At the beginning of the year I decided I needed to firm up my views on nominal GDP (NGDP) targets, and when I thought it was interesting track that process through blog posts. I think I have now done enough to reach a tentative conclusion. I also gave a policy talk at the Bank of England yesterday, which was a useful incentive to get my thoughts in order.
Here is a link to the slides from my presentation. What I first do is compare targeting the level of NGDP to an ideal discretionary monetary policy. That is a demanding standard of comparison, but I argue that NGDP targets have the potential advantage over discretion that they may allow central banks to pursue a time inconsistent policy after inflation shocks that would otherwise be politically difficult (see this post). More speculatively, the uncertainty for borrowers of NGDP variation may be more costly than uncertainty over inflation, as Sheedy argues (see this post).
Against these advantages, I see two major negatives. First, following a shock to inflation, I think NGDP targets would hit output more than is optimal (see here and here). Second, if there is inflation inertia (inflation depends on past inflation rather than expected inflation), then targeting the level of NGDP is welfare reducing, because it is better in that case to let bygones be bygones. (There is a related point about ignoring welfare irrelevant movements in non-core inflation, but that probably needs an additional post to develop.)
So far, so typical two handed economist. But now let’s shift the comparison to actual monetary policy, rather than some ideal. Or in other words, how does actual policy as practiced in the UK, US and Eurozone compare to an ideal policy? While NGDP targets may well hit output too hard following inflation shocks (and more generally gets the short run output inflation trade off wrong), current policy seems even worse. One interpretation of this is that policymakers are obsessed with fighting what they see as the last war. Outside the US this is often institutionalised by having inflation targets (even if they are flexible) rather than a dual mandate, locking in the error Friedman complained of during the Great Depression. As attitudes or institutional frameworks are unlikely to change soon, moving to NGDP targets represent a move towards optimality.
This bias in policy is particularly unfortunate when we are at the zero lower bound (ZLB), because unconventional monetary policy is far less predictable and efficient. Although fiscal stimulus is likely to be less costly as a way of raising output at the ZLB than committing to higher future inflation, monetary policy has to work with fiscal policy as it is. (However policymakers have a responsibility to let the public know when inappropriate fiscal policy is making it difficult for monetary policy to meet its objectives, as Bernanke is now doing, but the Bank of England has not. As for the actions of the ECB in encouraging austerity at the ZLB, I have described the gravest macroeconomic policy errors as those that are both wrong and contradict the textbooks.)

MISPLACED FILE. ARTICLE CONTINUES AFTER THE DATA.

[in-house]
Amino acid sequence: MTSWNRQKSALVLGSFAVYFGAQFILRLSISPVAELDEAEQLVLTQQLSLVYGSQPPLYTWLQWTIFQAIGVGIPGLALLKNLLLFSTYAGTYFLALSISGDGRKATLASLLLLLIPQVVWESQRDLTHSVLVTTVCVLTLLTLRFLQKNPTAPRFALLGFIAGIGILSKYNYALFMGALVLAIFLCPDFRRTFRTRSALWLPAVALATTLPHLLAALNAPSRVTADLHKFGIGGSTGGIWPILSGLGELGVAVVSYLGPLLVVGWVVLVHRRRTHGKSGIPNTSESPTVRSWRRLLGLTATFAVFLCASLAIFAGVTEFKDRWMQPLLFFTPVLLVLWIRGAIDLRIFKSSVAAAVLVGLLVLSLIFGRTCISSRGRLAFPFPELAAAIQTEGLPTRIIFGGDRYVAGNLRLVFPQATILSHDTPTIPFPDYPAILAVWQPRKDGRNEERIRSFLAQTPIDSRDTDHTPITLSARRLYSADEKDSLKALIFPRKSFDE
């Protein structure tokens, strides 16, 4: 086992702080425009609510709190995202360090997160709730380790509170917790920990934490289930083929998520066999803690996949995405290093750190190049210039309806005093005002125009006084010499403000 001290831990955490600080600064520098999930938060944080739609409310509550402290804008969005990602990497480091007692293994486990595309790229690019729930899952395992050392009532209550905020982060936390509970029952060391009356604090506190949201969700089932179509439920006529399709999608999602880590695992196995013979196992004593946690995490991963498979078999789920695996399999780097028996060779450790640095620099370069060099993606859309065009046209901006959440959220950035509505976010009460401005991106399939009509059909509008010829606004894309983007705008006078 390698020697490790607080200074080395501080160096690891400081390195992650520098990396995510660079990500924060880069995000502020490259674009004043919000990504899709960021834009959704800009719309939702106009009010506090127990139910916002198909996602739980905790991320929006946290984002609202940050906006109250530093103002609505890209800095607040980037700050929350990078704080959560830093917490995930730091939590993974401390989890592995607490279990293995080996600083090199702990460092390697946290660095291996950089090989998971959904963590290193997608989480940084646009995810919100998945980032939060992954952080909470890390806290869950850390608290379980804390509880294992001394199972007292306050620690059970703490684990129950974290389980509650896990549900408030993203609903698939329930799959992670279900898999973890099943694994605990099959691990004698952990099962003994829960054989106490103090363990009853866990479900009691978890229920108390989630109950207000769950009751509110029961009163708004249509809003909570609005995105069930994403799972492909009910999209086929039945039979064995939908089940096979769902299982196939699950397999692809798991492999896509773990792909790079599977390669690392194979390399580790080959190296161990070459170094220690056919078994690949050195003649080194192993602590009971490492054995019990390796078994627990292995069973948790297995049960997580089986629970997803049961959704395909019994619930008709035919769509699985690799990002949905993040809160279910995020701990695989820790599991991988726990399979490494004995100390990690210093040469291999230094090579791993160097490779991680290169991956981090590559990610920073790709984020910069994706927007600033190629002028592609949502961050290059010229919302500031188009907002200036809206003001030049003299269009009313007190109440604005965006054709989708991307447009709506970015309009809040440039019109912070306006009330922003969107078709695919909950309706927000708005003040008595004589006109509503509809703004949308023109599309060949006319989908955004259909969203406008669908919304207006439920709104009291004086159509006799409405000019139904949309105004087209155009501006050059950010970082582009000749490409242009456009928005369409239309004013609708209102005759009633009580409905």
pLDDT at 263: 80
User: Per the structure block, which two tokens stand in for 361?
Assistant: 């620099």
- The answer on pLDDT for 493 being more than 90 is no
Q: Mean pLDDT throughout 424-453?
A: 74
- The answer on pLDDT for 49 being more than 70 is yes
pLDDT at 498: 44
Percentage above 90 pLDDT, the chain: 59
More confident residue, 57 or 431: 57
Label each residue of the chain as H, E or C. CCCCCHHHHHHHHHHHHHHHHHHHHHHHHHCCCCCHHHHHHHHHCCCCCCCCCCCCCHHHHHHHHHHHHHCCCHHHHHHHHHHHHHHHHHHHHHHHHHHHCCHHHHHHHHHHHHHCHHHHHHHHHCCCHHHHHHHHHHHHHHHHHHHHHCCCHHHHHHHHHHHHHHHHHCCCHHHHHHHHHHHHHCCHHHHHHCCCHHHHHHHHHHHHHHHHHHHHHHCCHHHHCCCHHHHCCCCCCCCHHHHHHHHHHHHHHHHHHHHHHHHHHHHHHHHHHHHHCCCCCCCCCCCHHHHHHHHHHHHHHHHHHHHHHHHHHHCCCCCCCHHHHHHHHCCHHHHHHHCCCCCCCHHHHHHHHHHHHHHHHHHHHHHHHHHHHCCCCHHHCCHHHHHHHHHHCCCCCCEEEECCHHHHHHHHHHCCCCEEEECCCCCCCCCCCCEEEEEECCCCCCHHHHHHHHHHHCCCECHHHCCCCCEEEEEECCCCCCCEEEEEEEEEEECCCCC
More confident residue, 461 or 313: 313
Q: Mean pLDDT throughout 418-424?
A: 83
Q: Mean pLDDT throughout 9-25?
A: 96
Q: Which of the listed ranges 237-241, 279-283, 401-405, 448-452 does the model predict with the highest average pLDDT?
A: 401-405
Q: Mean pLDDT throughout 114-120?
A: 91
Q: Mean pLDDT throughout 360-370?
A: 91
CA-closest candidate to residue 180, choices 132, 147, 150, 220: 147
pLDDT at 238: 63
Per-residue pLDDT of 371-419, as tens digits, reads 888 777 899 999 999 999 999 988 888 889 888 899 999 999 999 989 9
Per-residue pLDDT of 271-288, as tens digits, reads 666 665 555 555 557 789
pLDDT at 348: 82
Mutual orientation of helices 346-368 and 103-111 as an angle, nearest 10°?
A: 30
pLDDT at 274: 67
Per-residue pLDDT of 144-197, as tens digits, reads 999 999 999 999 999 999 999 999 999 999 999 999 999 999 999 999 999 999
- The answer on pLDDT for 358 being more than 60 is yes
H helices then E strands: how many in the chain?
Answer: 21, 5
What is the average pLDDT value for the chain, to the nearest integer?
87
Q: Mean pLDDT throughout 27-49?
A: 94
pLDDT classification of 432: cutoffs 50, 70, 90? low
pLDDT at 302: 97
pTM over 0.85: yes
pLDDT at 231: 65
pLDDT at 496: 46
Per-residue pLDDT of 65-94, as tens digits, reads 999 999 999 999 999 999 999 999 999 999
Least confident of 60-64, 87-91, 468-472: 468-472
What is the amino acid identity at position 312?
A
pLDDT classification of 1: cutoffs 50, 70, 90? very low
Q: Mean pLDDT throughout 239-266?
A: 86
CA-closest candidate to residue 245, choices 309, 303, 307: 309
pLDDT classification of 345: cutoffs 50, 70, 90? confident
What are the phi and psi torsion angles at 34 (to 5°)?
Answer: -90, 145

With perverse fiscal policy and uncertain unconventional monetary policy, we need to raise inflation expectations as a means of overcoming the ZLB and raising demand. Here I agree with Christina Romer: we need to indicate something rather more fundamental than the kind of marginal change implied by the forward guidance we currently have in the US and are likely to have soon in the UK. My proposal is therefore the adoption of a target path for the level of NGDP that monetary policy can use as a guide to efficiently achieving either the dual mandate, or the inflation target if we are stuck with that. NGDP would not replace the ultimate objectives of monetary policy, and policymakers would not be obliged to try and hit that reference path come what may, but this path for NGDP would become their starting point for judging policy, and if policy did not move in the way indicated by that path they would have to explain why.
To some supporters of NGDP targets this advocacy may seem a little wimpish. Why limit NGDP to an intermediate target that can be overridden? Given the problems with NGDP targets that I mention above, it would I believe be foolish to force monetary policymakers to follow them regardless. In general I think intermediate targets should never supplant ultimate objectives, and NGDP is an intermediate target. The analogy I would draw is with monetary targets as adopted by the Bundesbank, and as briefly adopted in the UK. As I wrote here, most readings of Bundesbank policy suggest that they treated money targets pretty flexibly. Following the oil price shocks of the mid 70s and early 80s, inflation did rise substantially, but the target ensured that inflation came back down again. In contrast the UK adoption of money targets was far less flexible, so we had inflation overkill in the early 80s, and these targets were quickly dropped.
How was this proposal received by my audience at the Bank? Did my reasoning stand up to their criticism? Well at least one of the slides I would change in hindsight, but perhaps all that is best left for a separate post tomorrow.